“Bueller? Bueller?” While the whereabouts of the most famous truant of the 20th Century was a mystery to Ferris Bueller’s teacher, the replica 1961 Ferrari 250 GT California used in the movie will be on display for all to see March 30 through April 2 when the Historic Vehicle Association launches its annual Cars at the Capital exhibit on the National Mall in Washington, D.C.
This will be the fourth annual Cars at the Capital display, and this year it will stretch throughout the month of April, with five vehicles taking their turns being displayed in a glass garage that will be lit at night for round-the-clock viewing by Mall visitors.
In recognition of their significance to American automotive history, the five vehicles selected for display include four that are the latest to be added to the National Historic Vehicle Register, which now includes 24 vehicles.
“These cars are some of the most important automotive and cultural examples that reflect the early days of our American automotive history as well the role automobiles have played in film history,” Mark Gessler, HVA president, said in a news release.
“They all tell a uniquely American story and reflect the broad impact the automobile has had on our culture.”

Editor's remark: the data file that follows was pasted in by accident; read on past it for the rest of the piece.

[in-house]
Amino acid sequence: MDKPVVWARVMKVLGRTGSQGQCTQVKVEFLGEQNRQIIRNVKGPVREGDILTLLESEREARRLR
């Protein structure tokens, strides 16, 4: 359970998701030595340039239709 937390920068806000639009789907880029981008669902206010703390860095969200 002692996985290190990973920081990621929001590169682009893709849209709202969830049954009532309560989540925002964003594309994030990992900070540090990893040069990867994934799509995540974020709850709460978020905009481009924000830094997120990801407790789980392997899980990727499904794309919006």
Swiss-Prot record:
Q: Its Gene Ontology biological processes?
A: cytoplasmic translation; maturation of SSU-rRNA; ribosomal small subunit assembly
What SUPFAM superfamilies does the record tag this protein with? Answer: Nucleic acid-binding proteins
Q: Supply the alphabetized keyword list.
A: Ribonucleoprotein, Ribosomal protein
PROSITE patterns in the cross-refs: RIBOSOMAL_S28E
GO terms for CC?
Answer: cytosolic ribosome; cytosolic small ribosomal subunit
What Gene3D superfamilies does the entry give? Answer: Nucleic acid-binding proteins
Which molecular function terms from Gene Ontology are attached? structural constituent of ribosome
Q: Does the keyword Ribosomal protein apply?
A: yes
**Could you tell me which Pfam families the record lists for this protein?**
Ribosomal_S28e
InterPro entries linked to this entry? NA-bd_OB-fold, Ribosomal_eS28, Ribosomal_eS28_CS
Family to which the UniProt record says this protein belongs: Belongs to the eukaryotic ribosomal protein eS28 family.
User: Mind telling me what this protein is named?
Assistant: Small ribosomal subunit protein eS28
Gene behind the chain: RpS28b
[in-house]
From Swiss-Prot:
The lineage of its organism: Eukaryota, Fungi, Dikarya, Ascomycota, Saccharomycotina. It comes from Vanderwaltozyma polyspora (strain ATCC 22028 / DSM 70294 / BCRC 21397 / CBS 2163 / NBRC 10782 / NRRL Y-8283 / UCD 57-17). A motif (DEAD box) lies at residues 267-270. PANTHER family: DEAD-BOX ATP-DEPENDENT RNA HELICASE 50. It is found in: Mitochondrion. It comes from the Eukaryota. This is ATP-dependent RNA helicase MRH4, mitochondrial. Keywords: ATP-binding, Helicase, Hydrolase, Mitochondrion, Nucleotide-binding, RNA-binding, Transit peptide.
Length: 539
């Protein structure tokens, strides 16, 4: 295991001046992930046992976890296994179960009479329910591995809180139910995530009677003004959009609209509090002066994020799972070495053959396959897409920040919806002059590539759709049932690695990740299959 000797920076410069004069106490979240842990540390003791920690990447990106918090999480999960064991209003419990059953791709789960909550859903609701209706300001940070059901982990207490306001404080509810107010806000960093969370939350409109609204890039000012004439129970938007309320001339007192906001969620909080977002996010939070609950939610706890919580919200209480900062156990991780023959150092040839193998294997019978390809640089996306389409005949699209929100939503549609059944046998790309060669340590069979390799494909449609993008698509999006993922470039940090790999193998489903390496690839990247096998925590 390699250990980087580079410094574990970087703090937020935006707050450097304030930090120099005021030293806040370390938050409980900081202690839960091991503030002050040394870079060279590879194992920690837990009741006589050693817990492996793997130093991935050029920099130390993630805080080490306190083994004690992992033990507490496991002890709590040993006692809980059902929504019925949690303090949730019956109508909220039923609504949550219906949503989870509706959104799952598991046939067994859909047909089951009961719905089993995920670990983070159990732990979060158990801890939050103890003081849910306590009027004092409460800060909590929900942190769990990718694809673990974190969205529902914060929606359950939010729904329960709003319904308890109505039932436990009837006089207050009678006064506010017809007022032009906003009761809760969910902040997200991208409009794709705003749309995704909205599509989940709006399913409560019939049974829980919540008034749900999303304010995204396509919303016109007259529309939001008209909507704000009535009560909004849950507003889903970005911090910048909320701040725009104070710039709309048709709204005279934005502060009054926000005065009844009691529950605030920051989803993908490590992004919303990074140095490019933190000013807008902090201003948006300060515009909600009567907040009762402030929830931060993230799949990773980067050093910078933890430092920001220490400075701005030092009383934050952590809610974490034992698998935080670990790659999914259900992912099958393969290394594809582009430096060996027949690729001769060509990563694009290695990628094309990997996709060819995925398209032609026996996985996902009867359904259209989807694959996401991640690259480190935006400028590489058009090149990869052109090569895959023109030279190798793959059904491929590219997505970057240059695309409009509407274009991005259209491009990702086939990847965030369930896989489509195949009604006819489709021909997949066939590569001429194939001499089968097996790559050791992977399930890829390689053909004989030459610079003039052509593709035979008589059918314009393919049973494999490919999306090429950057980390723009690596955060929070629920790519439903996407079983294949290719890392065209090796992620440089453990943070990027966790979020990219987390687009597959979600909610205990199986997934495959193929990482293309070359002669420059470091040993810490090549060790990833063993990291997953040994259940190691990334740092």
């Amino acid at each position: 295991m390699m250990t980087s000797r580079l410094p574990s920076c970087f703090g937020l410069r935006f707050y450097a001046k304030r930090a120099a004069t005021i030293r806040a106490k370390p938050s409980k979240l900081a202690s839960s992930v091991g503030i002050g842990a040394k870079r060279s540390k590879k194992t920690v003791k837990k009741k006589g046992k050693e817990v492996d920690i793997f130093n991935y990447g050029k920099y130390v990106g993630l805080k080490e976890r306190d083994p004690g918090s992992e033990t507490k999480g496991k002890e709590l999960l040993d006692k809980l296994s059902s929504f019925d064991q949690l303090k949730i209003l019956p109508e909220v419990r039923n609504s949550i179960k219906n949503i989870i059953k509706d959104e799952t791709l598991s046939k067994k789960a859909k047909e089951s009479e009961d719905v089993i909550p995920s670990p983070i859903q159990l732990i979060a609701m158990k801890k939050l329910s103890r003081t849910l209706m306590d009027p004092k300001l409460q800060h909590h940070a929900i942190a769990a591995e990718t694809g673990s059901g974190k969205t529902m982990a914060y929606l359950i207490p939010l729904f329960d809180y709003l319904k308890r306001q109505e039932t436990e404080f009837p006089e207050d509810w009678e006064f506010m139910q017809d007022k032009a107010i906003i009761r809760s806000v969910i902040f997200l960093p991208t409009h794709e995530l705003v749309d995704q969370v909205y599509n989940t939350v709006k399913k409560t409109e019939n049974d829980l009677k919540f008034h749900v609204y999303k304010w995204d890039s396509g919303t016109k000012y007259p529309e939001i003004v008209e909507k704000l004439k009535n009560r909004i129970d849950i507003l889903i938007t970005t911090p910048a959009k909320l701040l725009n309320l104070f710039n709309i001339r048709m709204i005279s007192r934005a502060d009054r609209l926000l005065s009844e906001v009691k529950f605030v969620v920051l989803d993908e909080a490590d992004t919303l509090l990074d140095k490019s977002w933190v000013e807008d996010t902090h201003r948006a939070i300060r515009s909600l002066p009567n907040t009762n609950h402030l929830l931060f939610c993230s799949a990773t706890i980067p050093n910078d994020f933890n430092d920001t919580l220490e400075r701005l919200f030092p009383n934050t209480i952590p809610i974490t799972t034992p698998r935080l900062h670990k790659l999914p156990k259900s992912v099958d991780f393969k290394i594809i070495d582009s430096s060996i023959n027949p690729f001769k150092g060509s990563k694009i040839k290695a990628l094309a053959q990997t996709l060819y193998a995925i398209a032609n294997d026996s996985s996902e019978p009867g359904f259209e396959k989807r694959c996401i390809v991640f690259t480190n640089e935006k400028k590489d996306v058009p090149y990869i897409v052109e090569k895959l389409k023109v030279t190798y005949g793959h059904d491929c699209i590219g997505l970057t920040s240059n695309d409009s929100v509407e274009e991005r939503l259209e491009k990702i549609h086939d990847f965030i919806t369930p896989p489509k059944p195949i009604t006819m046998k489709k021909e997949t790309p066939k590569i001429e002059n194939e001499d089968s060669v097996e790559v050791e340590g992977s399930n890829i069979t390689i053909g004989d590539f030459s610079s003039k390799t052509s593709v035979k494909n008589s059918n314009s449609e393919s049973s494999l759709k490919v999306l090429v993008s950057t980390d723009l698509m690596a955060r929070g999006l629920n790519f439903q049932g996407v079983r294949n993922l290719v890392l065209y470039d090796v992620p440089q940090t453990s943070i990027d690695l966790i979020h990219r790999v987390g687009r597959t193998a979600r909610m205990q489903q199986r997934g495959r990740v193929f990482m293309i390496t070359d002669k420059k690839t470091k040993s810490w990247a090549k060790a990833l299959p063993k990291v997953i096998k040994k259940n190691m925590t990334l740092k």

The cars, with their dates on the Mall, are:
1985 Ferrari Modena Spyder California
Rather than risk destruction of one of the world’s most expensive sports cars, John Hughes, director of Ferris Bueller’s Day Off, had Neil Glassmoyer and Mark Goyette of Modena Design and Development turn a Modena Spyder into a replica of the 250 GT California. Actually, this is just one of three replica cars created for the movie. Among the others was the one that crashed backward out of a glass-walled garage of a mid-century modern house and flew to its destruction in a ravine. On display March 30-April 2.
1927 Ford Model T
And not just any Model T but the 15 millionth one produced. VIN 15000000 was among the last of the Tin Lizzys produced over a 19-year run; it was driven off the Highland Park assembly line by Henry and Edsel Ford. On display April 3-9.
1984 Plymouth Voyager
This was the first Chrysler minivan and is a 12,000-mile unrestored people mover that came off the assembly line in Windsor, Canada, on November 2, 1983. Minivans had a huge impact on American families and were so popular that every major automaker created its own versions until they fell out of fashion, largely replaced by crossover sport utility vehicles. On display April 10-16.
1968 Ford Mustang “Bullitt” fastback
This is the hero car driven by actor and motorsports enthusiast Steve McQueen in the movie Bullitt. Thought by many to have been lost, the car re-emerged earlier this year from the family that has owned it since 1974. On display April 17-23.
1918 Cadillac Type 57
This car, known to the U.S. military as U.S. 1257X, was the fourth vehicle added to the historic register and is the only known survivor of the vehicles used by the U.S. military in World War I. It was put into service in France to help set up rest areas for soldiers. On display April 24-30.